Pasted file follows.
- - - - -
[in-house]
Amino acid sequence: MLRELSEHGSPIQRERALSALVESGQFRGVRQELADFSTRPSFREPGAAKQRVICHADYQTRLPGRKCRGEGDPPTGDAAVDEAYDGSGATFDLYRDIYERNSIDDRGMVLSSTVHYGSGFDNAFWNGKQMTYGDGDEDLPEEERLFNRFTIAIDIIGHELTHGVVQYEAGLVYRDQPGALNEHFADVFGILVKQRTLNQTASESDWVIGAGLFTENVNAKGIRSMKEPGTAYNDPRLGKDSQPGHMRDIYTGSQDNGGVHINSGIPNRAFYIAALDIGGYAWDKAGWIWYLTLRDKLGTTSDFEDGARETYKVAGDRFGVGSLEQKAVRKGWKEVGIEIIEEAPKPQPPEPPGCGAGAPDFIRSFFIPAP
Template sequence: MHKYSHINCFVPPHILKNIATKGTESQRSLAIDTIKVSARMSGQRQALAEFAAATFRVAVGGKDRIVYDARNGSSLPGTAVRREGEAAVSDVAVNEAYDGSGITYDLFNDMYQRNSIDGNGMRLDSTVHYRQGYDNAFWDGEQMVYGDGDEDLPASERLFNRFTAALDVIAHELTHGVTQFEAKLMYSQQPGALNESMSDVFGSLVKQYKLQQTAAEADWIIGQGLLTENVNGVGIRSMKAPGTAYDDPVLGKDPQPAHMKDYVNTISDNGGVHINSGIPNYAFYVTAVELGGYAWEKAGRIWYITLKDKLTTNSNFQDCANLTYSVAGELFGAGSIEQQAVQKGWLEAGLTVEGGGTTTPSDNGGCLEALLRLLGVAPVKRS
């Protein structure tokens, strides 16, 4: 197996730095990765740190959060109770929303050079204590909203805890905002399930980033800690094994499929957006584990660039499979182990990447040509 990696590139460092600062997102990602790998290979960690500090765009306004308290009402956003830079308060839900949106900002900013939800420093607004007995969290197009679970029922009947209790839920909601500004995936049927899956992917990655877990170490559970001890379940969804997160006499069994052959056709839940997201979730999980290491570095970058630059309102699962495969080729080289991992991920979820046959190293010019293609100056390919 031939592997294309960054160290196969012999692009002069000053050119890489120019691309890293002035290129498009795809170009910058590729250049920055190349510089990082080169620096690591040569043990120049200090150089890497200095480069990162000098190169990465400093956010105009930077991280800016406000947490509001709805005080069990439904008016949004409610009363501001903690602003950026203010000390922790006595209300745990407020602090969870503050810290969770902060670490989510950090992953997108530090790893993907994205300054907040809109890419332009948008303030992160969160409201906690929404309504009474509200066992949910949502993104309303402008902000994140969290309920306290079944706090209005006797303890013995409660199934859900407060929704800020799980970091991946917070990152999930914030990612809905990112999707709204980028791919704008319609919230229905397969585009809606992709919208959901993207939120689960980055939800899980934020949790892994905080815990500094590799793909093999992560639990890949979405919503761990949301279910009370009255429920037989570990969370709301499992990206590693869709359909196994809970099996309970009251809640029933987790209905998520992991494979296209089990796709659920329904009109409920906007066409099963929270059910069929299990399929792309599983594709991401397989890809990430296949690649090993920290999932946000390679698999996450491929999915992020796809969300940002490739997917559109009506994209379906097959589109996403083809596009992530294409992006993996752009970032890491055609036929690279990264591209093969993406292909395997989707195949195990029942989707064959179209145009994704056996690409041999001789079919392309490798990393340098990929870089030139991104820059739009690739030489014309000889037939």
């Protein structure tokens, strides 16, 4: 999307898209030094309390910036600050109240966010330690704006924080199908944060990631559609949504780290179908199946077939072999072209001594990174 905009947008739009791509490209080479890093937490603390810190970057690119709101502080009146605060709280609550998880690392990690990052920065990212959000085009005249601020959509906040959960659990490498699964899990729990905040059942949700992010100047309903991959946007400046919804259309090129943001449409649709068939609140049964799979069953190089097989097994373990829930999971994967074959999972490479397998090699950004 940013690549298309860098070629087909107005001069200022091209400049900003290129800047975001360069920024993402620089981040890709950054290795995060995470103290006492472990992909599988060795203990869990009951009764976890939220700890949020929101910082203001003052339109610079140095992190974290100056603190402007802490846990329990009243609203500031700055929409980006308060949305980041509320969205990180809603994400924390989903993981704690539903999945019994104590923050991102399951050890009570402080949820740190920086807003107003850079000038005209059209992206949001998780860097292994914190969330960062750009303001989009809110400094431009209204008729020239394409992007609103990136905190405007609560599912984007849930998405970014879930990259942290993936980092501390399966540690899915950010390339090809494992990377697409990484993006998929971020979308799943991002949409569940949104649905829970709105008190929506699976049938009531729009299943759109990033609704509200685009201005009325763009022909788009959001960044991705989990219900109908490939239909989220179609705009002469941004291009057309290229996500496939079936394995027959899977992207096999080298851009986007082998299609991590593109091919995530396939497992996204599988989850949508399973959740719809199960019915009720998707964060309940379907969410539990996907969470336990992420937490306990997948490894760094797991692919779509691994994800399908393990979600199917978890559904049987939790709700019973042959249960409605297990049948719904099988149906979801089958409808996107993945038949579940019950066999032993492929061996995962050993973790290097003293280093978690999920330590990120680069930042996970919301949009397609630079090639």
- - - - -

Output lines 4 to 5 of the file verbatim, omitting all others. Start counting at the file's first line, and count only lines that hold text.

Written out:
């Protein structure tokens, strides 16, 4: 197996730095990765740190959060109770929303050079204590909203805890905002399930980033800690094994499929957006584990660039499979182990990447040509 990696590139460092600062997102990602790998290979960690500090765009306004308290009402956003830079308060839900949106900002900013939800420093607004007995969290197009679970029922009947209790839920909601500004995936049927899956992917990655877990170490559970001890379940969804997160006499069994052959056709839940997201979730999980290491570095970058630059309102699962495969080729080289991992991920979820046959190293010019293609100056390919 031939592997294309960054160290196969012999692009002069000053050119890489120019691309890293002035290129498009795809170009910058590729250049920055190349510089990082080169620096690591040569043990120049200090150089890497200095480069990162000098190169990465400093956010105009930077991280800016406000947490509001709805005080069990439904008016949004409610009363501001903690602003950026203010000390922790006595209300745990407020602090969870503050810290969770902060670490989510950090992953997108530090790893993907994205300054907040809109890419332009948008303030992160969160409201906690929404309504009474509200066992949910949502993104309303402008902000994140969290309920306290079944706090209005006797303890013995409660199934859900407060929704800020799980970091991946917070990152999930914030990612809905990112999707709204980028791919704008319609919230229905397969585009809606992709919208959901993207939120689960980055939800899980934020949790892994905080815990500094590799793909093999992560639990890949979405919503761990949301279910009370009255429920037989570990969370709301499992990206590693869709359909196994809970099996309970009251809640029933987790209905998520992991494979296209089990796709659920329904009109409920906007066409099963929270059910069929299990399929792309599983594709991401397989890809990430296949690649090993920290999932946000390679698999996450491929999915992020796809969300940002490739997917559109009506994209379906097959589109996403083809596009992530294409992006993996752009970032890491055609036929690279990264591209093969993406292909395997989707195949195990029942989707064959179209145009994704056996690409041999001789079919392309490798990393340098990929870089030139991104820059739009690739030489014309000889037939």
């Protein structure tokens, strides 16, 4: 999307898209030094309390910036600050109240966010330690704006924080199908944060990631559609949504780290179908199946077939072999072209001594990174 905009947008739009791509490209080479890093937490603390810190970057690119709101502080009146605060709280609550998880690392990690990052920065990212959000085009005249601020959509906040959960659990490498699964899990729990905040059942949700992010100047309903991959946007400046919804259309090129943001449409649709068939609140049964799979069953190089097989097994373990829930999971994967074959999972490479397998090699950004 940013690549298309860098070629087909107005001069200022091209400049900003290129800047975001360069920024993402620089981040890709950054290795995060995470103290006492472990992909599988060795203990869990009951009764976890939220700890949020929101910082203001003052339109610079140095992190974290100056603190402007802490846990329990009243609203500031700055929409980006308060949305980041509320969205990180809603994400924390989903993981704690539903999945019994104590923050991102399951050890009570402080949820740190920086807003107003850079000038005209059209992206949001998780860097292994914190969330960062750009303001989009809110400094431009209204008729020239394409992007609103990136905190405007609560599912984007849930998405970014879930990259942290993936980092501390399966540690899915950010390339090809494992990377697409990484993006998929971020979308799943991002949409569940949104649905829970709105008190929506699976049938009531729009299943759109990033609704509200685009201005009325763009022909788009959001960044991705989990219900109908490939239909989220179609705009002469941004291009057309290229996500496939079936394995027959899977992207096999080298851009986007082998299609991590593109091919995530396939497992996204599988989850949508399973959740719809199960019915009720998707964060309940379907969410539990996907969470336990992420937490306990997948490894760094797991692919779509691994994800399908393990979600199917978890559904049987939790709700019973042959249960409605297990049948719904099988149906979801089958409808996107993945038949579940019950066999032993492929061996995962050993973790290097003293280093978690999920330590990120680069930042996970919301949009397609630079090639």